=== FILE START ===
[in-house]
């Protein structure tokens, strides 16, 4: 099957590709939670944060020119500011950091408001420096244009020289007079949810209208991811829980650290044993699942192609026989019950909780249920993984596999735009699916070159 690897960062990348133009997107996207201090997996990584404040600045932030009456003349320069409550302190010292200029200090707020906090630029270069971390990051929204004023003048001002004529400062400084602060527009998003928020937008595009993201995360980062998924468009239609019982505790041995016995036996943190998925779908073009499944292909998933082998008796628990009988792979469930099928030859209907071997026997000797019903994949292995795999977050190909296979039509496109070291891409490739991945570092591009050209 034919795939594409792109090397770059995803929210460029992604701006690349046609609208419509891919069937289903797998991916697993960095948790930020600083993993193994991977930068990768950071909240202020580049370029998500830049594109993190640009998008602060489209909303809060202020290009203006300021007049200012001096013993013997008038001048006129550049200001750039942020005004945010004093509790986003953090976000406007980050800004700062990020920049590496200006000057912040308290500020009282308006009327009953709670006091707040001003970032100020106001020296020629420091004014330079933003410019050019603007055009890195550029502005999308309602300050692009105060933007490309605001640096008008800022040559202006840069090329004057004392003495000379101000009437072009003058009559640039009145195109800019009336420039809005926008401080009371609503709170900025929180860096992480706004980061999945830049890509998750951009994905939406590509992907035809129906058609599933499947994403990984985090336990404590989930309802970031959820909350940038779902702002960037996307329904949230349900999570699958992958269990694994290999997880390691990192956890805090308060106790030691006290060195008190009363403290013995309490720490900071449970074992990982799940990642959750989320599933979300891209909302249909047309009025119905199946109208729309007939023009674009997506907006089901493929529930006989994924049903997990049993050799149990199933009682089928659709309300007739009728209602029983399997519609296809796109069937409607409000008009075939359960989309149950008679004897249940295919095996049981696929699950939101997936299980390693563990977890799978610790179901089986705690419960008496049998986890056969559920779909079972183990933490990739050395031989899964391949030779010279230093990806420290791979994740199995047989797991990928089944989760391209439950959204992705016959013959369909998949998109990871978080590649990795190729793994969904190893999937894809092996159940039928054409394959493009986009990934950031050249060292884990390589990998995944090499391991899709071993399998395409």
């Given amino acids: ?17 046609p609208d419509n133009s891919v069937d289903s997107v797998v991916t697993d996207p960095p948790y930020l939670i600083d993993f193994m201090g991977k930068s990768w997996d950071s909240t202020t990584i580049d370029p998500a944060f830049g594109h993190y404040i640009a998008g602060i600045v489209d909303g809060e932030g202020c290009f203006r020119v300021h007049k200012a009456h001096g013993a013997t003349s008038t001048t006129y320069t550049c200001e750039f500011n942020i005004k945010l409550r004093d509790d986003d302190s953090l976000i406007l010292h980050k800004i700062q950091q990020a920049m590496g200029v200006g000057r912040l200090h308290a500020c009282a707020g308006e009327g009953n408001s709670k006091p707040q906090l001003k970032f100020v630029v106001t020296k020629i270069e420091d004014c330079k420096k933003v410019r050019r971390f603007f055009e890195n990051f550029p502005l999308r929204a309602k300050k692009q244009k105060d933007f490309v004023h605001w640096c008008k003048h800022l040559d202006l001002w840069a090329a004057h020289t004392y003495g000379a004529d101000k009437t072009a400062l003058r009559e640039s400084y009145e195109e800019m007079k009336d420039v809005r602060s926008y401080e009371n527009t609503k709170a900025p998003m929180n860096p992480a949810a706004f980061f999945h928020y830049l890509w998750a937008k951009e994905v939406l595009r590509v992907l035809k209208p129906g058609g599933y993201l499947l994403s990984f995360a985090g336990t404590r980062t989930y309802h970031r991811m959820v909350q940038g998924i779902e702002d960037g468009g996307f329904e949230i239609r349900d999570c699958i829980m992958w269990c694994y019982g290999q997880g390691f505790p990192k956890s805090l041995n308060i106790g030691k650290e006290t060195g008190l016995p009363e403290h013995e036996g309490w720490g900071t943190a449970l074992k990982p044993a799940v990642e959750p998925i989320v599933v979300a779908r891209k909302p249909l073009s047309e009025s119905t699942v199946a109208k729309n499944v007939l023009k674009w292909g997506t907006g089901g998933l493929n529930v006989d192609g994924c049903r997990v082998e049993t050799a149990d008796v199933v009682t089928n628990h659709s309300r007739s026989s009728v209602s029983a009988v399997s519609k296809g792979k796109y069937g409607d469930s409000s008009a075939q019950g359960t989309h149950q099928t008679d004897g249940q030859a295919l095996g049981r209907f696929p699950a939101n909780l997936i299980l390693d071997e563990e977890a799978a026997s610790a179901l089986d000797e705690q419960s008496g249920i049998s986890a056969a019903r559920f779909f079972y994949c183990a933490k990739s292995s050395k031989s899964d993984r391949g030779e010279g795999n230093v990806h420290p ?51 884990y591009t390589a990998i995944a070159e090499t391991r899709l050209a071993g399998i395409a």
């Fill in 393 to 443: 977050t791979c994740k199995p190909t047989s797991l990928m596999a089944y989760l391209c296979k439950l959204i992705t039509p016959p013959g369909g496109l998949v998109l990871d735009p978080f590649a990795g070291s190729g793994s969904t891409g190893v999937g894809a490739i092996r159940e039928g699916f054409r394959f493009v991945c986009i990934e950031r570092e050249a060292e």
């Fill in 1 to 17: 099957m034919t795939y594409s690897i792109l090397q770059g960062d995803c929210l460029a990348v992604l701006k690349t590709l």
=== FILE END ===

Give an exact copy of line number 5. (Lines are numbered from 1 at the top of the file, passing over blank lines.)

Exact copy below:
């Fill in 1 to 17: 099957m034919t795939y594409s690897i792109l090397q770059g960062d995803c929210l460029a990348v992604l701006k690349t590709l």